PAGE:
Spin and lattice properties of optically trapped exciton polaritons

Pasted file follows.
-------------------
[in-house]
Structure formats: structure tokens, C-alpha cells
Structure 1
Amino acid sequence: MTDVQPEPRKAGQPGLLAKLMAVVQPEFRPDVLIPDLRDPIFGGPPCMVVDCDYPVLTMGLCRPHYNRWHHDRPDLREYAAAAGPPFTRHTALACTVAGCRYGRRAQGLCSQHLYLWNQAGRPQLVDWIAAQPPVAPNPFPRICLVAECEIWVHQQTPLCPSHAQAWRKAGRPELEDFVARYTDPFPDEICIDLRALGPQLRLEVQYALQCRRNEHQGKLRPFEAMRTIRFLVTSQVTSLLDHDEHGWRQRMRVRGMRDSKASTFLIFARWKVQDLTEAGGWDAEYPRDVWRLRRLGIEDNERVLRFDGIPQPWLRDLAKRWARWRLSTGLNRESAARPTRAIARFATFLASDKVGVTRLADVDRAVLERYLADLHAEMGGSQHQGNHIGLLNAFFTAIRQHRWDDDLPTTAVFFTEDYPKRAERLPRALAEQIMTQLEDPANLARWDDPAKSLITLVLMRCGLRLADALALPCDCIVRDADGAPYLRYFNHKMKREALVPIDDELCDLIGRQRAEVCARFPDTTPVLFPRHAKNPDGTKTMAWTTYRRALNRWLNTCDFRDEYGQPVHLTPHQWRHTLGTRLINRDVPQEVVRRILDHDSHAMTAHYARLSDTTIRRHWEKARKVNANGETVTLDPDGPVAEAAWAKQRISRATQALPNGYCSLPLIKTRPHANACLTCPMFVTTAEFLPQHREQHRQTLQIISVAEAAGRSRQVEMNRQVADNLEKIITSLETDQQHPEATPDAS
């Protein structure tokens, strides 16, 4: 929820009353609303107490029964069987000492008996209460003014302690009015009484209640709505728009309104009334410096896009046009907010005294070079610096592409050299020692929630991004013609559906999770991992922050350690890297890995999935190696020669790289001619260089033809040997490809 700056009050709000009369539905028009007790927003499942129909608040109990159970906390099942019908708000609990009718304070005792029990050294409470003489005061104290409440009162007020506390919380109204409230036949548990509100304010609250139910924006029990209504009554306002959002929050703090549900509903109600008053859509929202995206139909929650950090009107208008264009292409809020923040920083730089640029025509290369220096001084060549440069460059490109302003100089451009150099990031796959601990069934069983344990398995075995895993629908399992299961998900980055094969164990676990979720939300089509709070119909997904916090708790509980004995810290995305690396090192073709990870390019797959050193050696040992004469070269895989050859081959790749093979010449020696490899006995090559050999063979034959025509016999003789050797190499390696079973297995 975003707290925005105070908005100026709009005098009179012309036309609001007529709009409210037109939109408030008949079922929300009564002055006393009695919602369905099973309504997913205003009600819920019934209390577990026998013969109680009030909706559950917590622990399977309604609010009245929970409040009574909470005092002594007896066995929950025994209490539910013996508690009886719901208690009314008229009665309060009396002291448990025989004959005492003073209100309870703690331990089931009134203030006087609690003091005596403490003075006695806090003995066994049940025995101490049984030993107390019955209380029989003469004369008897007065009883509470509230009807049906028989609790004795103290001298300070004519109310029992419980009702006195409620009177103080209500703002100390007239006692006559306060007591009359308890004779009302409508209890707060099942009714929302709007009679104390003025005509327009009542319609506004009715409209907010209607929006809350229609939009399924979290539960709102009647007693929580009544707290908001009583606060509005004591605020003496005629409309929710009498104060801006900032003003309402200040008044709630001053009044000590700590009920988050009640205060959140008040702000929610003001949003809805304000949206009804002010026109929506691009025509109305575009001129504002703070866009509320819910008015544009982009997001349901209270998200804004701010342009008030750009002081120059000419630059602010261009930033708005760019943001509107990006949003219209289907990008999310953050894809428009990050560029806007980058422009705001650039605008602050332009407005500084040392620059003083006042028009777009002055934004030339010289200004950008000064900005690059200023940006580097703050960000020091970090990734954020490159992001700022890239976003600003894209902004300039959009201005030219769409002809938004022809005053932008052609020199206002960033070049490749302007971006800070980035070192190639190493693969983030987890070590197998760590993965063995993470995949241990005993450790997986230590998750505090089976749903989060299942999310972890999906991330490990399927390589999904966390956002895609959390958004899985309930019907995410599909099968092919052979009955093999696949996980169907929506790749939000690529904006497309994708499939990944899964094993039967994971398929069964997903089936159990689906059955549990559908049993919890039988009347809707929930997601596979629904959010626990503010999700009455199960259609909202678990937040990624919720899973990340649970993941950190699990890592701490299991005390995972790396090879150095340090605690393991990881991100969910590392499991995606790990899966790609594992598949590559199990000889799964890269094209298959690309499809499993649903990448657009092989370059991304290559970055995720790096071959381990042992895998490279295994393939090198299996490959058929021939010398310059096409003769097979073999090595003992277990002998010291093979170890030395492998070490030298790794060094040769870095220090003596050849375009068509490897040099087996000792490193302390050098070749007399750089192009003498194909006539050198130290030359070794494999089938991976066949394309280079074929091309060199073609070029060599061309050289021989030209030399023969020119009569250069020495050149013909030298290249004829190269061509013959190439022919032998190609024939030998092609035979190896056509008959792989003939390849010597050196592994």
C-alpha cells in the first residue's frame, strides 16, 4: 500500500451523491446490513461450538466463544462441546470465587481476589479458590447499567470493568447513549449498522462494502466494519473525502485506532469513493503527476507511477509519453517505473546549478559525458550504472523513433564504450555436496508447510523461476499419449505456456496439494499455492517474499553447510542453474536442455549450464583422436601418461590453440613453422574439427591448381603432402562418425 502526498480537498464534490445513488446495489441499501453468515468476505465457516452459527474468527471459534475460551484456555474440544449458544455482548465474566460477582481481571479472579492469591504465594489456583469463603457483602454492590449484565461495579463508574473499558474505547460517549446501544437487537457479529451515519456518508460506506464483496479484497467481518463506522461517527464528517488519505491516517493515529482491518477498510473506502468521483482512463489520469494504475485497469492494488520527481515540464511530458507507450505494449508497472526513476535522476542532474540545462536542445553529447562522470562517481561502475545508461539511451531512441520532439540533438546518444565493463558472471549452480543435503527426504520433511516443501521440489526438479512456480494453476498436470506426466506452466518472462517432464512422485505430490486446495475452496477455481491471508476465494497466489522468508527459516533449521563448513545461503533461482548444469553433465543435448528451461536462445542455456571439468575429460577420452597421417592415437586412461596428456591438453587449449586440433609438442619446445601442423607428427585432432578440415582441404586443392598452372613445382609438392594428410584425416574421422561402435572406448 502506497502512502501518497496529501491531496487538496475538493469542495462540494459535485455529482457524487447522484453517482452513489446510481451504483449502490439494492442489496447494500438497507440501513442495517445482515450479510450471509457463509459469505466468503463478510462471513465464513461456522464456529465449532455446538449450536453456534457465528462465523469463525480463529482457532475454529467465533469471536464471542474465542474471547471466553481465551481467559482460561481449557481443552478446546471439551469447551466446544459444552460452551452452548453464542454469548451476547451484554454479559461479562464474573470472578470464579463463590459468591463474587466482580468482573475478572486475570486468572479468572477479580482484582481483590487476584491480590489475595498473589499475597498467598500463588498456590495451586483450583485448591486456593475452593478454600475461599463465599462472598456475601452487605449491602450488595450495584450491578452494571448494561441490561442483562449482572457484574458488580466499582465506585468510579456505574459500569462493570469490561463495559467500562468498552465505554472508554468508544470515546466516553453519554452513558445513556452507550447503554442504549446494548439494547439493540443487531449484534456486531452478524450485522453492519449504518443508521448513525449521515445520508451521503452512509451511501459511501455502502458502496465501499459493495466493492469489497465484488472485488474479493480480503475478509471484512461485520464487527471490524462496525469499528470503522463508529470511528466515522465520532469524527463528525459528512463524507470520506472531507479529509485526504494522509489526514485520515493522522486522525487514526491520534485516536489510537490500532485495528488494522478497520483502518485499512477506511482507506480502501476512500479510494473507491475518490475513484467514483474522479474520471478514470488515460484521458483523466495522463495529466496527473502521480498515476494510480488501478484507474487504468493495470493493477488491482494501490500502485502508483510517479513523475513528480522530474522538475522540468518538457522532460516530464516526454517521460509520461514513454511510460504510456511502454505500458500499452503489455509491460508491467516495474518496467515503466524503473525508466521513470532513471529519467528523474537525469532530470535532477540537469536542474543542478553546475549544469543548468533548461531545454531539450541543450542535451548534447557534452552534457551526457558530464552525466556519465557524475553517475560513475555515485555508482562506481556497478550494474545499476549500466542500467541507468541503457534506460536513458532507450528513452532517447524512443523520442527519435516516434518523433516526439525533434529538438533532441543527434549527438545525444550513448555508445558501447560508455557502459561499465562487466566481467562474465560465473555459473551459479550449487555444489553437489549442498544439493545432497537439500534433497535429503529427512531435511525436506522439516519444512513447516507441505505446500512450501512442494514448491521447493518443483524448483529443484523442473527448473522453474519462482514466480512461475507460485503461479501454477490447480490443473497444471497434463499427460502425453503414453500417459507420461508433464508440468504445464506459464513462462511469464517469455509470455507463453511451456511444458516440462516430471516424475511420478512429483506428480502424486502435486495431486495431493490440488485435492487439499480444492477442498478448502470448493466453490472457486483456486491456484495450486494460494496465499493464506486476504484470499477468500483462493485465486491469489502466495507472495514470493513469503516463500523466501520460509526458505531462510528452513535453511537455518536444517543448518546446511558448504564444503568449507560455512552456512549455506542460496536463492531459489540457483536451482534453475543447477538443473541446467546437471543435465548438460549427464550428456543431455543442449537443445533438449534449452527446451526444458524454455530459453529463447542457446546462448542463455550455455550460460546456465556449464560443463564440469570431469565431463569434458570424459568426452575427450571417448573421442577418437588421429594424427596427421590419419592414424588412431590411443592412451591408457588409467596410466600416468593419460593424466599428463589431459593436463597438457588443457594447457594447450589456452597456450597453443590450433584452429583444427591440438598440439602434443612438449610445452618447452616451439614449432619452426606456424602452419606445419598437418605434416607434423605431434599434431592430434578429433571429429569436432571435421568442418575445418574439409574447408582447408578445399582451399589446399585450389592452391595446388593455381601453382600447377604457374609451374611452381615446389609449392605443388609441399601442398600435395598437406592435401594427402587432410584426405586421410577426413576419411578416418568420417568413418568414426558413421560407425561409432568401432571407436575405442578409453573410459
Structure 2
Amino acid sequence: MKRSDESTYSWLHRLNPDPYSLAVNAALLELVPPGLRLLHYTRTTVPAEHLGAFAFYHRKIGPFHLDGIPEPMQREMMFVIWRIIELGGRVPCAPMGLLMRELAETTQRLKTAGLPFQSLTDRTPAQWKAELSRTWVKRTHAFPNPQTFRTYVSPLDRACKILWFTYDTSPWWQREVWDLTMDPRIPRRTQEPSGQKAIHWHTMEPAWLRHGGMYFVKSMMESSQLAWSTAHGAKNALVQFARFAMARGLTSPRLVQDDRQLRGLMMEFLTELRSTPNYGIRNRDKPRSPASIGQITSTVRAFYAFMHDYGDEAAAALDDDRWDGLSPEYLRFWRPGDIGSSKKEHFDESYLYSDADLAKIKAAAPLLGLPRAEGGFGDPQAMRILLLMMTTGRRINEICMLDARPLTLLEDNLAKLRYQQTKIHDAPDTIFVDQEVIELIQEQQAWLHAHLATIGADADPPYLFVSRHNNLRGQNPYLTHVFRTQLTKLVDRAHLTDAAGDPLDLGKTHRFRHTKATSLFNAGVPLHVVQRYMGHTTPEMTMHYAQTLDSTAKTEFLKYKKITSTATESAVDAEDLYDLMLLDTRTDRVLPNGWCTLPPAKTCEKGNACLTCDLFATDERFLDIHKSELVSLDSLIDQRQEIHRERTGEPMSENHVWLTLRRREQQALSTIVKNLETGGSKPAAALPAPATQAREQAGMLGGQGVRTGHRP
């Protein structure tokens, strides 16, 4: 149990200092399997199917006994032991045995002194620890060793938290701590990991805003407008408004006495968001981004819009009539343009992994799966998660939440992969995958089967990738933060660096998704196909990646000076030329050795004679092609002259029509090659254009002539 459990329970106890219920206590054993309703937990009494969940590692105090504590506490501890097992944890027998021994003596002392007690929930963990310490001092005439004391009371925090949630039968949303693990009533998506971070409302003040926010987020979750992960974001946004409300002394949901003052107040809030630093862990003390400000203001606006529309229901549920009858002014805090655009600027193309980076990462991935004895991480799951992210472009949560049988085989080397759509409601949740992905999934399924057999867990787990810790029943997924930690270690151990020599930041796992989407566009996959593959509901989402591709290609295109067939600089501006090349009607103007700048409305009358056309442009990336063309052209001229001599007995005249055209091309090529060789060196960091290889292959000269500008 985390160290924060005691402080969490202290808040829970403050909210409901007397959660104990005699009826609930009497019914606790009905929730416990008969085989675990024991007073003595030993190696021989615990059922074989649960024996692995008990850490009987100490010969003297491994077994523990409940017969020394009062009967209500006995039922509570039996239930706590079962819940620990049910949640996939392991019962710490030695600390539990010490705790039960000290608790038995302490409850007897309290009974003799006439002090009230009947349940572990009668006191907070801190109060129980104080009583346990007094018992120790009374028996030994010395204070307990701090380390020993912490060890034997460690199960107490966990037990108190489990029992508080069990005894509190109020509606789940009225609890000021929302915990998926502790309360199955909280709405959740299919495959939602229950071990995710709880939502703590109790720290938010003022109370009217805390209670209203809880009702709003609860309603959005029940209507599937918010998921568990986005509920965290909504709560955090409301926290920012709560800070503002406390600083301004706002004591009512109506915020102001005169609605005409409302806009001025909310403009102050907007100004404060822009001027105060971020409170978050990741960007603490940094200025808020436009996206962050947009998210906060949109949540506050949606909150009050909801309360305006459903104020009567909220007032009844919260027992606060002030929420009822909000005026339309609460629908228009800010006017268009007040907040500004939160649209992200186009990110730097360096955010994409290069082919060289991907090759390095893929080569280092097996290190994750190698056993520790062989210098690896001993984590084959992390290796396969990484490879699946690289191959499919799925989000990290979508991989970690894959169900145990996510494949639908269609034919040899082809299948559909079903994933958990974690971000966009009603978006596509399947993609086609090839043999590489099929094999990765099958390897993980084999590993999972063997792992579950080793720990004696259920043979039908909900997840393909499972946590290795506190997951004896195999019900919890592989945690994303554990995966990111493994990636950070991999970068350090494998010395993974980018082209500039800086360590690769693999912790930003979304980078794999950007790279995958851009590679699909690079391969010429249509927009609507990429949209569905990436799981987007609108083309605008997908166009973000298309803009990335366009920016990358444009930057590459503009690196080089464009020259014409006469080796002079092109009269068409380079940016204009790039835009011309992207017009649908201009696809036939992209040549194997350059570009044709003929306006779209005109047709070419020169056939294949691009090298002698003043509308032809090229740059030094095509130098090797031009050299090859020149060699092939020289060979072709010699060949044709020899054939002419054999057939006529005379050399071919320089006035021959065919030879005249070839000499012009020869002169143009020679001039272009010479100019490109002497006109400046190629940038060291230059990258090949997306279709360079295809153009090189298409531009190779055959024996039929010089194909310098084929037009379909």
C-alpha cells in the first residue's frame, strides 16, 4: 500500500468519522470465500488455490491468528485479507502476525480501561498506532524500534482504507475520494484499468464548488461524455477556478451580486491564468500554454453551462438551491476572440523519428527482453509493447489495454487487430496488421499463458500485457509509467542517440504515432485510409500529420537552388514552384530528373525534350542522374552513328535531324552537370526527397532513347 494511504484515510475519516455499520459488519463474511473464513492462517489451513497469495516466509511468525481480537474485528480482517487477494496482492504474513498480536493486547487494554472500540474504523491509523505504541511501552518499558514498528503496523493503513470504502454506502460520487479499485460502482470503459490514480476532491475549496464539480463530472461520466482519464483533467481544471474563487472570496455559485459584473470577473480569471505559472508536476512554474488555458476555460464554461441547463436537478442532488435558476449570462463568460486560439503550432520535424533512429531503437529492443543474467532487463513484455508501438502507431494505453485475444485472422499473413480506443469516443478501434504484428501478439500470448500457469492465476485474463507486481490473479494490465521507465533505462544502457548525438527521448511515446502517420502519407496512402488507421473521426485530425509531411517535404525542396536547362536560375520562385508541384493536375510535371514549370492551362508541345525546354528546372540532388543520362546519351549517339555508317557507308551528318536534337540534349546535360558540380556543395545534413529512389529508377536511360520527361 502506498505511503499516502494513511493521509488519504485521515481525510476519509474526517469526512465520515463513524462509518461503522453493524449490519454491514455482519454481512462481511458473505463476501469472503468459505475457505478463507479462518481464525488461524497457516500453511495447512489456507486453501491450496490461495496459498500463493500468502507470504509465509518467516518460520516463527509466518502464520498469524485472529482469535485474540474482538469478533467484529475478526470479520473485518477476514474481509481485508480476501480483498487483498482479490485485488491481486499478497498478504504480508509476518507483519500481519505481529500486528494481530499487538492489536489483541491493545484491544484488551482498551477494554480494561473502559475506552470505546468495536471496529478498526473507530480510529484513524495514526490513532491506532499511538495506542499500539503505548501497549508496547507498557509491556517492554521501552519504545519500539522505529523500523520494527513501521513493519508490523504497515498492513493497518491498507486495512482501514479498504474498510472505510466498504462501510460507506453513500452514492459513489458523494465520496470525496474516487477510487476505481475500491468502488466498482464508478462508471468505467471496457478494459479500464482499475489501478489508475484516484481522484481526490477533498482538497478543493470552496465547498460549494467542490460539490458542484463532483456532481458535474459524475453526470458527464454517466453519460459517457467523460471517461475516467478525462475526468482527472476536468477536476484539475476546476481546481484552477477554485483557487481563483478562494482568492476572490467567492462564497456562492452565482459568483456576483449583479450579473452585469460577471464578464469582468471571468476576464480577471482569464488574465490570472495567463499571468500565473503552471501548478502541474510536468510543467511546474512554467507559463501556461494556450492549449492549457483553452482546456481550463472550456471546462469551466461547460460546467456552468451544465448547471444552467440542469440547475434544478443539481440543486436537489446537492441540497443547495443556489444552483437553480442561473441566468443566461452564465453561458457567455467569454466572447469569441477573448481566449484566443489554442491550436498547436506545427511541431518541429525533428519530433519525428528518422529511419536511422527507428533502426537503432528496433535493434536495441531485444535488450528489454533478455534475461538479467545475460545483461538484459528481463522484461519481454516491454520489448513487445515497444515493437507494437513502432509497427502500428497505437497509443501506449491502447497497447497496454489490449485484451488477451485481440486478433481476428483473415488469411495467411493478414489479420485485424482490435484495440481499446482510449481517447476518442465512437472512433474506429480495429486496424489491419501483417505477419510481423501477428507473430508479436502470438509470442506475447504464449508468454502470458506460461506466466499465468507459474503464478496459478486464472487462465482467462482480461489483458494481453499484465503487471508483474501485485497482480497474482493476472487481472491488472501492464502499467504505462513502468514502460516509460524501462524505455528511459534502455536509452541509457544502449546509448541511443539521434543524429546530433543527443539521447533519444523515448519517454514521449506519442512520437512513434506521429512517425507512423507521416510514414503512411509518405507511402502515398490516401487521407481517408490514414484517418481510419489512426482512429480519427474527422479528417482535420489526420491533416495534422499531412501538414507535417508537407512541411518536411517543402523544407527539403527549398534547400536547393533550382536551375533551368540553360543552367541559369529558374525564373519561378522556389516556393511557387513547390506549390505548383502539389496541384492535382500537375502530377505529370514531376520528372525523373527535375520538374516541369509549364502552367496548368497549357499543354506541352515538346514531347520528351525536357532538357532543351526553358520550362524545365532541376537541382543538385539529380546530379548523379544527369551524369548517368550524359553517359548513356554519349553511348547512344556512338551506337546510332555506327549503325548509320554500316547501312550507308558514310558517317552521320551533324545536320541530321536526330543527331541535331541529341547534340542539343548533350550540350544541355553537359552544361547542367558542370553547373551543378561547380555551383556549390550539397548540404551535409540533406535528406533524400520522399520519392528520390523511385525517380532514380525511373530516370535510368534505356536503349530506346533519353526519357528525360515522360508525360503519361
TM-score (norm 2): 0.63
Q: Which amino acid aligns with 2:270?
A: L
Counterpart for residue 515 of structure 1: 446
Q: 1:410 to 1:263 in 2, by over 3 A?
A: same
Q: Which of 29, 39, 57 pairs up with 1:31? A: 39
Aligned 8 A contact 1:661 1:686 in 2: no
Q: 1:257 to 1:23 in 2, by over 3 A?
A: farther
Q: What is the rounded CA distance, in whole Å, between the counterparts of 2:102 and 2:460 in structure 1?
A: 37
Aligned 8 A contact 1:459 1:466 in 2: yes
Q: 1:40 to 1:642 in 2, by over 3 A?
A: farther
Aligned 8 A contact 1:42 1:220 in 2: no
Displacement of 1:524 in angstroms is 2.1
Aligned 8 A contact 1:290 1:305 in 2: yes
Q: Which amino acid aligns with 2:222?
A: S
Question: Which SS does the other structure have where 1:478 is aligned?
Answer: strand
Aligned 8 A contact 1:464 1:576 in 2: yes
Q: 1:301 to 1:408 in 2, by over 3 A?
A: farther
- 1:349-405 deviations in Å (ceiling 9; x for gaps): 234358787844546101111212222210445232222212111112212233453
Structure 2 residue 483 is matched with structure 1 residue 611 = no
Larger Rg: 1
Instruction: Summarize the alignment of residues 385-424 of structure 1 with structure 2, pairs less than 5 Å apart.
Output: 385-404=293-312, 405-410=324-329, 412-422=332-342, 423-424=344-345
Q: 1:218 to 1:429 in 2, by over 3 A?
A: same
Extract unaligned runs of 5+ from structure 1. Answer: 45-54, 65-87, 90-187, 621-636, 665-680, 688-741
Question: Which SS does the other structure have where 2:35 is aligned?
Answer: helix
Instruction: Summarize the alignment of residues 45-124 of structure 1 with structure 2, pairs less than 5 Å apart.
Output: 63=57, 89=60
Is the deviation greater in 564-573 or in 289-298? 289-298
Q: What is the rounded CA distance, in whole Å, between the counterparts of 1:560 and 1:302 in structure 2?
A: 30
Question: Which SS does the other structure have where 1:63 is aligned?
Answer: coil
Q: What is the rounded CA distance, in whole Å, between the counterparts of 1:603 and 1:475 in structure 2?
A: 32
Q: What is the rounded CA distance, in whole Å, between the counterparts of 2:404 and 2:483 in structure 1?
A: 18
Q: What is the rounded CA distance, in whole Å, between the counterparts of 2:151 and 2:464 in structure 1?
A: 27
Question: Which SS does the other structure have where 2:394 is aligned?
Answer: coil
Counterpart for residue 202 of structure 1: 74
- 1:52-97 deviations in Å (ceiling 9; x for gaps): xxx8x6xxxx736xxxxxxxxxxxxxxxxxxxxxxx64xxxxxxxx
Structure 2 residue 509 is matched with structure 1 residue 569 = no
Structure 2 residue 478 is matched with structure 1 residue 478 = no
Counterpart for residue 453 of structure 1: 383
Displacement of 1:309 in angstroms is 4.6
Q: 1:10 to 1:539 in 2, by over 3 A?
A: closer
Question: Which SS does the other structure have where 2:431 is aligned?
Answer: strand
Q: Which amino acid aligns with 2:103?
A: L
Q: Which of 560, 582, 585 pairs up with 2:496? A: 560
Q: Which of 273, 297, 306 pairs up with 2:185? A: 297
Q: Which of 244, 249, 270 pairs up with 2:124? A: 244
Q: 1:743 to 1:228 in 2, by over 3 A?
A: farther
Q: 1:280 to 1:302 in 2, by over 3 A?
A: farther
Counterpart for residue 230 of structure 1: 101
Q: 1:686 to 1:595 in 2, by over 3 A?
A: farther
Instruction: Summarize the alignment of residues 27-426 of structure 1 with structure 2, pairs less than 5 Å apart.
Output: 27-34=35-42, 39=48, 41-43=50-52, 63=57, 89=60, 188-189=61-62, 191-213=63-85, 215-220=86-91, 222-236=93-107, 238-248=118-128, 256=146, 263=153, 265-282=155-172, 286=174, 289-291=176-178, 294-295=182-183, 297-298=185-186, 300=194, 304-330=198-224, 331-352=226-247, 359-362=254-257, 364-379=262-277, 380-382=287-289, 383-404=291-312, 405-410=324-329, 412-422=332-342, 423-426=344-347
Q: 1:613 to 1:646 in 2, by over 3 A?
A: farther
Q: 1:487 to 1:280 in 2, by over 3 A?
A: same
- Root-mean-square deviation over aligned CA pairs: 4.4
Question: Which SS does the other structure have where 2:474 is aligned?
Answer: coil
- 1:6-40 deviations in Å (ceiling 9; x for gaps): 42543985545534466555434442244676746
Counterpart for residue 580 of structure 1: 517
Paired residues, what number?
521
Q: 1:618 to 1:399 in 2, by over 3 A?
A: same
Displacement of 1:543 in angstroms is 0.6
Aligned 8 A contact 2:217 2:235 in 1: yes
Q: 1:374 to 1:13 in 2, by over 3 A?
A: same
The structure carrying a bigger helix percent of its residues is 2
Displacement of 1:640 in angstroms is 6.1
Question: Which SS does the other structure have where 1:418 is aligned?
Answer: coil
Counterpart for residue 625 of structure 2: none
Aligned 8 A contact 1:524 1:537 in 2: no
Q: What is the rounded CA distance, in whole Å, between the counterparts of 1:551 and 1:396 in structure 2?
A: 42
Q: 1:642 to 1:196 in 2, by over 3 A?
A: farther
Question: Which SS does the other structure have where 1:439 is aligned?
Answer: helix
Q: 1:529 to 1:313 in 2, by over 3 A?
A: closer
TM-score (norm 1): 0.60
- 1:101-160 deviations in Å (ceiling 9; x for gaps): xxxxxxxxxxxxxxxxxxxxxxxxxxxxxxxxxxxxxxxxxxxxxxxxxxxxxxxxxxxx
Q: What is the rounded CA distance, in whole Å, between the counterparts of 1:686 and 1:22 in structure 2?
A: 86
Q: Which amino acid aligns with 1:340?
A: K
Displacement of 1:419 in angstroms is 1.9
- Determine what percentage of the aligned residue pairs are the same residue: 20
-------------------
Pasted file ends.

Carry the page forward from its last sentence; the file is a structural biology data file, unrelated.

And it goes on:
Exciton-polaritons are the fundamental excitations arising from the strong coupling of quantum well excitons and cavity photons in semiconductor microcavities. They are compound bosons for which stimulated scattering and macroscopic occupation of single quantum states can occur at sufficiently high densities. One way of creating such polariton condensates is with nonresonant optical pumping. Doing so creates a large density of free- carriers and excitons that strongly interact and blueshift the polariton energy levels. Using spatially patterned nonresonant fields, the polariton potential landscape can be tailored and optically trapped condensates can be created. This thesis shows that the spin properties of polariton condensates are strongly modified by such trapping. Under linearly polarised pumping, helicity can spontaneously develop at a critical occupation, breaking the parity symmetry. This formation of spin-up/spin-down condensates is explained within a Gross-Pitaevskii model which accurately reproduces the influence of electric fields and condensate density. Under elliptically polarised pumping, two phenomena are observed: the formation of condensates with the opposite handedness to the pump and hysteresis of both occupation and spin with respect to pump power. The spatial dependence of these effects highlights the limitations of commonly used models of polariton condensation. Finally, the suitability of patterned optical fields for the creation of polariton lattices is explored. For small chains of condensates, controllable coupling between adjacent spins is demonstrated, with the formation of antiferromagnetic and ferromagnetic domains. The extent of these domains is strongly affected by sample nonuniformity, fundamentally limiting the scalability of these lattices.